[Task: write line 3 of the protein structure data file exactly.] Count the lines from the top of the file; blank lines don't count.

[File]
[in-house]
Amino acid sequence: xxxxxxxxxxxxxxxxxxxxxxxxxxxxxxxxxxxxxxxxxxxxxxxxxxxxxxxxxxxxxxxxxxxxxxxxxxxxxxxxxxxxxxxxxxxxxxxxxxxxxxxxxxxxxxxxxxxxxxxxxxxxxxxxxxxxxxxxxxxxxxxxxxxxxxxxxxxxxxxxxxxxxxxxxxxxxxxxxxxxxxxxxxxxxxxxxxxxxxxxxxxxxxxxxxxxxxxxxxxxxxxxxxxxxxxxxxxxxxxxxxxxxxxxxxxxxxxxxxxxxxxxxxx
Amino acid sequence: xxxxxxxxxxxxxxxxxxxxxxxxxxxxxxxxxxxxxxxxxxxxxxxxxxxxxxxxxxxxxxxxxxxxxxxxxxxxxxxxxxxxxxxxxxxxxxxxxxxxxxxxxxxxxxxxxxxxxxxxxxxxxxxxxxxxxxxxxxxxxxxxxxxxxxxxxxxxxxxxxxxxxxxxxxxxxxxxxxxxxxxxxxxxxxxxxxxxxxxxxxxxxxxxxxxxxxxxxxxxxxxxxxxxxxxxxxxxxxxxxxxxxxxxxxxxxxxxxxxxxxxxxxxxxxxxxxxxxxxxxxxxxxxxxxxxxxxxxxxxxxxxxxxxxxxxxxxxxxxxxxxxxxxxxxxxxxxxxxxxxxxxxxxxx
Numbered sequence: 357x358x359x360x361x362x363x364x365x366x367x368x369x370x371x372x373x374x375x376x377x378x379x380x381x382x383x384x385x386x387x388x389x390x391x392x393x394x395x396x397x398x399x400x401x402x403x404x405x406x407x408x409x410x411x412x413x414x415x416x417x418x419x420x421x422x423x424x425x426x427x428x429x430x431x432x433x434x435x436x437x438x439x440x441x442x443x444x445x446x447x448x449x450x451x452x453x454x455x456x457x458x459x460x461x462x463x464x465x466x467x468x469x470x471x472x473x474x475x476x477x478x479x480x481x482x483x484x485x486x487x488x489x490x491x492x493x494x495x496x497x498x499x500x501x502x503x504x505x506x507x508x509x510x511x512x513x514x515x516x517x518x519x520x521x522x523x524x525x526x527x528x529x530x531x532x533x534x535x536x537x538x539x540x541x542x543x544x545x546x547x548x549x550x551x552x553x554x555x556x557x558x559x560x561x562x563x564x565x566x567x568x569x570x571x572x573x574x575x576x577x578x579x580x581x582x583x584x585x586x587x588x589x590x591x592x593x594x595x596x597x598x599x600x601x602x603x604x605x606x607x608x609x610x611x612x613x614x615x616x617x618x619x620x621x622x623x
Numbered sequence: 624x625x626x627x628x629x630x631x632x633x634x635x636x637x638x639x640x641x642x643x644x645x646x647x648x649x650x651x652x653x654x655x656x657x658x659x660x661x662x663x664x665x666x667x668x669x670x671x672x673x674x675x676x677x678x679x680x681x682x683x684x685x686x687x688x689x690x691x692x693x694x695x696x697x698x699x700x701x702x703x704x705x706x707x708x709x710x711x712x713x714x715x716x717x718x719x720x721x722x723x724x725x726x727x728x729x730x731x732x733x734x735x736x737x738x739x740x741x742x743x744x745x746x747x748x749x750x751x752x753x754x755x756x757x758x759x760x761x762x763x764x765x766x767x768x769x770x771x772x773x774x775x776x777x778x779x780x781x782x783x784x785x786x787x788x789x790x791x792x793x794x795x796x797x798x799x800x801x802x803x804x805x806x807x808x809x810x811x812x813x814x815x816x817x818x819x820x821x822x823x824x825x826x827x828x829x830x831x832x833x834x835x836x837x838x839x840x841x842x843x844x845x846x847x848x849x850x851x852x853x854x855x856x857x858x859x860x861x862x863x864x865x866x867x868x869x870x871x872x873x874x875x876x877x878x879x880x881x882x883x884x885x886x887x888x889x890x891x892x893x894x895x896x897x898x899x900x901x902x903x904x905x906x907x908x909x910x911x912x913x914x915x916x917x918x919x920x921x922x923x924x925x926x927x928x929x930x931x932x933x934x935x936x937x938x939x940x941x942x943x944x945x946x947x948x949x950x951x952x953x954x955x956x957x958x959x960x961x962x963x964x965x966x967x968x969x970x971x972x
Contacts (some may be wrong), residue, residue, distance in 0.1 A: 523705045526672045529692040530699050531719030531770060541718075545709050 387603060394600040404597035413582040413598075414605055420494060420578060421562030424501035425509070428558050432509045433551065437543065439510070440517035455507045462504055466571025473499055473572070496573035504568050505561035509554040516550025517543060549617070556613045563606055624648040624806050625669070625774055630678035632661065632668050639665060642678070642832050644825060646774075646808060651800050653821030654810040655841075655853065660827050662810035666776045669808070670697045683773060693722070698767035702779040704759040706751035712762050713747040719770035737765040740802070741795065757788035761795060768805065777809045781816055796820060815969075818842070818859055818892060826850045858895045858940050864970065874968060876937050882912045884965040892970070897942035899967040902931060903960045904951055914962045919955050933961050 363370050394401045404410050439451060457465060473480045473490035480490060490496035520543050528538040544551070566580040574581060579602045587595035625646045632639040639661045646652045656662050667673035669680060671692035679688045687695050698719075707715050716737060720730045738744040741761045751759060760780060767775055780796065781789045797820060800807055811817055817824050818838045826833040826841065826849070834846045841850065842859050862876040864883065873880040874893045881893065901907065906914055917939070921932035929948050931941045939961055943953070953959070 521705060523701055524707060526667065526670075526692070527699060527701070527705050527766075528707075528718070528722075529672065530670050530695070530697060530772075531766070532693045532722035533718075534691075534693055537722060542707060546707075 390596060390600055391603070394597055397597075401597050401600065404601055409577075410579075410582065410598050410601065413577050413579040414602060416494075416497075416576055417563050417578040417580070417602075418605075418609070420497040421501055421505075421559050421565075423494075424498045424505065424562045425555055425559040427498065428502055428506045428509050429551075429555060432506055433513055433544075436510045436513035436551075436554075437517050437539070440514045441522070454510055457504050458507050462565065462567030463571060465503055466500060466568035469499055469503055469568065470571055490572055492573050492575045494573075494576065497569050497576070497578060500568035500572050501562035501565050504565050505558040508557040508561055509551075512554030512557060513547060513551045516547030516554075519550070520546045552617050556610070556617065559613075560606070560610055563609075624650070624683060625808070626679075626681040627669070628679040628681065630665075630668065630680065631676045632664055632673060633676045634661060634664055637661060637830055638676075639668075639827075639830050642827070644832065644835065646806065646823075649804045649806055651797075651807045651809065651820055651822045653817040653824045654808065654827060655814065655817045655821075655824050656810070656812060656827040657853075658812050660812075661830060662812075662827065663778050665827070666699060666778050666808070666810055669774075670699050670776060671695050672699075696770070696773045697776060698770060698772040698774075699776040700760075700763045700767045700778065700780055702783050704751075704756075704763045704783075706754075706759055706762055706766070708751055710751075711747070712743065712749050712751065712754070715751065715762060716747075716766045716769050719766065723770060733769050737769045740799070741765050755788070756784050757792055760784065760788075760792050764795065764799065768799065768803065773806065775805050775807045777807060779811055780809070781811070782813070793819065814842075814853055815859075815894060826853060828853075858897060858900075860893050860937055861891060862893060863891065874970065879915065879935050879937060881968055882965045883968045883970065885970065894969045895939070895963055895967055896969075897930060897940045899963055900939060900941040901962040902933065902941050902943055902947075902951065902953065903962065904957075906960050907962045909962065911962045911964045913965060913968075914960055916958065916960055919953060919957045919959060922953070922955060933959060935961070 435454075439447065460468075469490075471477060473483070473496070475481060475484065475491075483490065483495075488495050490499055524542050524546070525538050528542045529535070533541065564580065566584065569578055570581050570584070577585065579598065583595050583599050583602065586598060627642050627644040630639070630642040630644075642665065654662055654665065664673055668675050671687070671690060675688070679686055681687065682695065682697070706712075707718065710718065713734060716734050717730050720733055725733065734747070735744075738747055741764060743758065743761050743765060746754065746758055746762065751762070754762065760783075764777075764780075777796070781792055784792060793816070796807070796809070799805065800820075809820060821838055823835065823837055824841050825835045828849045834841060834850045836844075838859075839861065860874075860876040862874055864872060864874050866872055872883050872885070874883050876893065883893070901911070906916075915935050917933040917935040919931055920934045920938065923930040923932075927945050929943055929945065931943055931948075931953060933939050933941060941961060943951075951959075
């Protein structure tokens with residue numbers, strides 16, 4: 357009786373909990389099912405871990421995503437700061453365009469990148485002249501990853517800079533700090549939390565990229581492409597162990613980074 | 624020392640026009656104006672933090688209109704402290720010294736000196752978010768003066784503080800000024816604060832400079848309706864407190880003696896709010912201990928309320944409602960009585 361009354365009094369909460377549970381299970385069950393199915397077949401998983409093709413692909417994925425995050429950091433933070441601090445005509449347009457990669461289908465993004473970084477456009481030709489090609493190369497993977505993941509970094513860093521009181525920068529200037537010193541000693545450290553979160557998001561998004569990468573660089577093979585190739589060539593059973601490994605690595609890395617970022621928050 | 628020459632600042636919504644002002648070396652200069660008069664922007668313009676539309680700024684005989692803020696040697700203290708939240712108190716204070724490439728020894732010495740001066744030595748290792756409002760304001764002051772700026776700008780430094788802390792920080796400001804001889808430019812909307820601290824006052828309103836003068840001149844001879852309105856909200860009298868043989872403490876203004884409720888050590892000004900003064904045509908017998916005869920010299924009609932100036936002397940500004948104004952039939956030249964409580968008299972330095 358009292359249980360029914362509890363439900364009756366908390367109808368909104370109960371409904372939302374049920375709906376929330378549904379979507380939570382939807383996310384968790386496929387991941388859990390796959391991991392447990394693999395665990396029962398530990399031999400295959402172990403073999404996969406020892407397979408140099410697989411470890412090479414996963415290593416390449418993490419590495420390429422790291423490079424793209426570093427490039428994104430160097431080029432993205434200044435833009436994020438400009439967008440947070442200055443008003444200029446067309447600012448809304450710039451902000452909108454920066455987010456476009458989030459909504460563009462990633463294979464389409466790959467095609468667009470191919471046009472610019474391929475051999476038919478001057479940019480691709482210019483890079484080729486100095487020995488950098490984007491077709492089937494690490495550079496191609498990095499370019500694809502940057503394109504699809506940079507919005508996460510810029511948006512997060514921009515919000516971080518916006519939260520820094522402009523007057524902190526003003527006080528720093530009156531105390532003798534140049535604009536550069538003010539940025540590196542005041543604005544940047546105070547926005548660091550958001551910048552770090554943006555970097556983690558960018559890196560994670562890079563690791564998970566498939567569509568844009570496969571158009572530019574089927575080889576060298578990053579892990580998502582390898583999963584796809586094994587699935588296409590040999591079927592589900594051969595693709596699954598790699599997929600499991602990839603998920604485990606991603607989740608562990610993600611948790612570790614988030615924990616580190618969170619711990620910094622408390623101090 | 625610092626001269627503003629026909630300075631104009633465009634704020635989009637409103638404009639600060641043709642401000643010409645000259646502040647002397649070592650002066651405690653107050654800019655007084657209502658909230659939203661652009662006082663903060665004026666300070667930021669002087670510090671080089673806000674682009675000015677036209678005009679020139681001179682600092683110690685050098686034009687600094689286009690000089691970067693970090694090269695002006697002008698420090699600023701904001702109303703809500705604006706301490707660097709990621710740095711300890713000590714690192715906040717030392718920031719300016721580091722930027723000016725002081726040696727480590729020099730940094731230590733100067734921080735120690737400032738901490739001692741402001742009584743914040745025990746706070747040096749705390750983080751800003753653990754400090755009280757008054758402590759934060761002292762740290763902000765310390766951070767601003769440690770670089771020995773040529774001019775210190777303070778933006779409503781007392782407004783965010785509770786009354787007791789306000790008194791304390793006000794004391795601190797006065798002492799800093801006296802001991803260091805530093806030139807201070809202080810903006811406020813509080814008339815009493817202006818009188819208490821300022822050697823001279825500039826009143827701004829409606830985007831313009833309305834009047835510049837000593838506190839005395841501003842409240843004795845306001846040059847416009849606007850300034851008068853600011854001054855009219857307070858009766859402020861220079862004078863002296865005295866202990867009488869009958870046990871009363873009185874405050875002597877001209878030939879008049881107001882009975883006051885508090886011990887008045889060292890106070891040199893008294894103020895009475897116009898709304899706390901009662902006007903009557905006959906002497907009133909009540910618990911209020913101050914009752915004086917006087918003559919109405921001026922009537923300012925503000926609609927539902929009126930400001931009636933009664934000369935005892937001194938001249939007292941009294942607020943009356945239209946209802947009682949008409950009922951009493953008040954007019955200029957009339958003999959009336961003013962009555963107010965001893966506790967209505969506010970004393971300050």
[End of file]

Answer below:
Amino acid sequence: xxxxxxxxxxxxxxxxxxxxxxxxxxxxxxxxxxxxxxxxxxxxxxxxxxxxxxxxxxxxxxxxxxxxxxxxxxxxxxxxxxxxxxxxxxxxxxxxxxxxxxxxxxxxxxxxxxxxxxxxxxxxxxxxxxxxxxxxxxxxxxxxxxxxxxxxxxxxxxxxxxxxxxxxxxxxxxxxxxxxxxxxxxxxxxxxxxxxxxxxxxxxxxxxxxxxxxxxxxxxxxxxxxxxxxxxxxxxxxxxxxxxxxxxxxxxxxxxxxxxxxxxxxxxxxxxxxxxxxxxxxxxxxxxxxxxxxxxxxxxxxxxxxxxxxxxxxxxxxxxxxxxxxxxxxxxxxxxxxxxxxxxxxxxx